For the past week I have been tinkering with setting up a Commodore 64 with a new mass storage device (IDE64 v4.1) I bought. It plugs into the cartridge port, it has an interface for CF card, 2 IDE interfaces (for external hard drives) and a PC Link connection for USB transfers between a PC and the C64. This device makes it incredible easy to transfer files from the PC to the CF card and then e.g. write disk images to a real 1541 or 1581 floppy. It runs its own DOS, IDEDOS v0.90 which implements several additions such as fast loader etc.
One of the advantages is that it has a built-in file manager from which you can access any device, e.g. drive 8,9, the flash card (drive 12) or the PC through PC Link (drive 14). This makes it easy and fast to shuffle files back and forth. However, I had run into a bit of snag when I first started using it and I decided to write about it here so others might learn from my mistakes. The main reason I bought it was to simplify storage, so I also bought a 4GB compact flash card from a local store. Before it can be used, it must be formatted to a CFS file system by a utility called CFSFDISK10B which can be found at http://singularcrew.hu/idedos/idedos_util20100514.zip. After having enabled Direct write in the Setup utility for IDEDOS, I run CFSFDISK10B, chose the default settings for numbers of tracks, sectors etc. Then it was time for creating partitions with ‘n’, where I chose the number of the partition, the size of it, and finally the name. Finally I edited the disk label (name of the disk) with ‘g’. So far so good. Then I committed the changes with ‘w’ and waited. And waited. And waited. Creating 2 partitions on a 4 GB CF card took apx 15 minutes. Didn’t think more of that and restarted the computer after the format was complete. It appeared it worked fine as I copied a few files over from the PC. But suddenly I noticed that the directory structure was messed up on the card. I restarted the computer, and to my horror it could not find the partitions (or even the card). When I read the drive error channel, it simply returned “76, HARDWARE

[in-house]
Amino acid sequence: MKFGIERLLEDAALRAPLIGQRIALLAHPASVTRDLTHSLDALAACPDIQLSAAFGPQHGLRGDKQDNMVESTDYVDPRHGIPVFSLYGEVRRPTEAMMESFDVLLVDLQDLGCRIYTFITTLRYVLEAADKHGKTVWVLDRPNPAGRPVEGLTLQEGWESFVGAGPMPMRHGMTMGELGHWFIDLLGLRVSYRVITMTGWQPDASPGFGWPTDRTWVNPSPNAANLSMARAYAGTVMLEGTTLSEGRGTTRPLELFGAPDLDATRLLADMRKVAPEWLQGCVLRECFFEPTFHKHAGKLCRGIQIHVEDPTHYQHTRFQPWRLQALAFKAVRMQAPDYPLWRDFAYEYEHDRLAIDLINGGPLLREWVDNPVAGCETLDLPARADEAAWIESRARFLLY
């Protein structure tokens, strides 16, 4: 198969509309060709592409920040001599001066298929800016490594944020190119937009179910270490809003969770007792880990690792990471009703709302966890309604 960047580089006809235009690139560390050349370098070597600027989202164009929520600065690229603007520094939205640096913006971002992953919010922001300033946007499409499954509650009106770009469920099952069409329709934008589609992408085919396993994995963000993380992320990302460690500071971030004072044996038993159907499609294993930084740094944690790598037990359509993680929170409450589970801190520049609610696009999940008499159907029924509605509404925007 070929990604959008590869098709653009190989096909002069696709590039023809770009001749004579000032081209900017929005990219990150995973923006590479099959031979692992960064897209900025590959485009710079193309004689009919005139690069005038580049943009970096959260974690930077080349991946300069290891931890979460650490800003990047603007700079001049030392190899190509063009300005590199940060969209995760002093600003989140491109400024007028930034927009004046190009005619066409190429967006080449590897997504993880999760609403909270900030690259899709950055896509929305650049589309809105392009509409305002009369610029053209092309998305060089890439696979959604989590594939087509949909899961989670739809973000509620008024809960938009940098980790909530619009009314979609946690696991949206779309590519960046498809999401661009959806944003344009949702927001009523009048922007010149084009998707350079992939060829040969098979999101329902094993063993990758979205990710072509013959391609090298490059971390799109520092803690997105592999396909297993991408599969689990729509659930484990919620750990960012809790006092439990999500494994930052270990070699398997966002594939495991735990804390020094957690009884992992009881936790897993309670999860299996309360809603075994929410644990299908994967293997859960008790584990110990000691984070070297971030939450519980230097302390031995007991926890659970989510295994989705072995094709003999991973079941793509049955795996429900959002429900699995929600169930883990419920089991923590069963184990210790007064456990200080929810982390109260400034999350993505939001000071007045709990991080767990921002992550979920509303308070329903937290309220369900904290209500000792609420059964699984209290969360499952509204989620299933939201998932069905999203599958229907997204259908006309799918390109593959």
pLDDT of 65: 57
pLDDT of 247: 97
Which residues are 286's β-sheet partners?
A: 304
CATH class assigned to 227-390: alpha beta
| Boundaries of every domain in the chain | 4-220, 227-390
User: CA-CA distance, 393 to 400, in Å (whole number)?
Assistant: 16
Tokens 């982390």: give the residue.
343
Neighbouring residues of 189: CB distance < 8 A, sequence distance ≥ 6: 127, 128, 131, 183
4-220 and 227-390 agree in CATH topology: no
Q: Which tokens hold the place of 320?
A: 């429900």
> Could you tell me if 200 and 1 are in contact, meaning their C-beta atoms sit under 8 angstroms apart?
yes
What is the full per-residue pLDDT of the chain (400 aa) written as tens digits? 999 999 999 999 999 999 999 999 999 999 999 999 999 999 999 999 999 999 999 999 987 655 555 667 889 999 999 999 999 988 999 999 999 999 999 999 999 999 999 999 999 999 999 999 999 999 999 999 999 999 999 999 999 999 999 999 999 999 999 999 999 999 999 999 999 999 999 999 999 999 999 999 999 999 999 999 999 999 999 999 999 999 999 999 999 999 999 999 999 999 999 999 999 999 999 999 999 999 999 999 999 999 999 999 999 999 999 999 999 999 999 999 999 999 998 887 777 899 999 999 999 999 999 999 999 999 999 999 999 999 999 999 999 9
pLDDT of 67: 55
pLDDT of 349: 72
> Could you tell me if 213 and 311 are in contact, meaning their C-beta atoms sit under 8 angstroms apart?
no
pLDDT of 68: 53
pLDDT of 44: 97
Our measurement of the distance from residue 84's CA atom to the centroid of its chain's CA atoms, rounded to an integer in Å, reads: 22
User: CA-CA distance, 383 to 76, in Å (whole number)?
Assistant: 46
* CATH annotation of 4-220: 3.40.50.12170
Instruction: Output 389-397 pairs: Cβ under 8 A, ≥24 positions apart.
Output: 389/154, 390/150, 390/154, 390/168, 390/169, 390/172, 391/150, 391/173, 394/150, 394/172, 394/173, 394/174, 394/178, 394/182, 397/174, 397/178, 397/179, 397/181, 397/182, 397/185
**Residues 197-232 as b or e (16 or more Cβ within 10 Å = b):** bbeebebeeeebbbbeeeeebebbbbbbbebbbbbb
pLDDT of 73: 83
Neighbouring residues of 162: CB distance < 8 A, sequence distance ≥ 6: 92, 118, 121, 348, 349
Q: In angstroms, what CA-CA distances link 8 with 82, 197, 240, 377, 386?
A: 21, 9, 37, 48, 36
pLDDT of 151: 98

ERROR,000,000,000,000”. Scratched my head and restarted the computer several times, no luck. I repartitioned the card and the problem repeated itself, it worked for 10-15 minutes, then it gave up. At this time, I was beginning to think it was a faulty cartridge, and I e-mailed the creator, Josef Soucek, for advice. He responded quickly and was very doubtful about my gut reaction of a bad cartridge, since he does test them extensively before they are shipped out. Anyways, after having troubleshooted it for a day, I finally managed to borrow a CF card from work to see if it made any difference. It only took a few seconds to create a partition that covered the entire 512 MB card. Aha! That was indeed fast, but would it work any better than the last card? Yes it did. It worked flawlessly and the next day I went out and bought a new CF card (2 GB SanDisk) which was partitioned in less than 10 seconds. If I only had knew from the beginning that a format should be that quick, I could have saved myself a lot of grief.
Now I added a few plugins to the file manager (to extend its functionality) so I could read .d64 images without uncompressing them to floppy, but every plugin I run did not work. As
seen to the left, the header and blocks free are visible, but the disk structure is garbled. Sometimes the garbled directory listing contained text from previous files I had viewed, so I assumed it was a memory error or some faulty IC. I happened to have another breadbin available, and when connecting the IDE64 to it, all file manager plugins worked as intended.
Lessons learned: CF cards can be crappy (at least the 4 GB Transcend I originally bought) and computers may become unreliable (wow, that’s a shocker 🙂 ).
Now I am happily running my system with a 1541-II, 2 1581 drives and an IDE64. Next task is to get it online using a Lantronix MSS-100 device server.. just waiting for my null-modem adapter!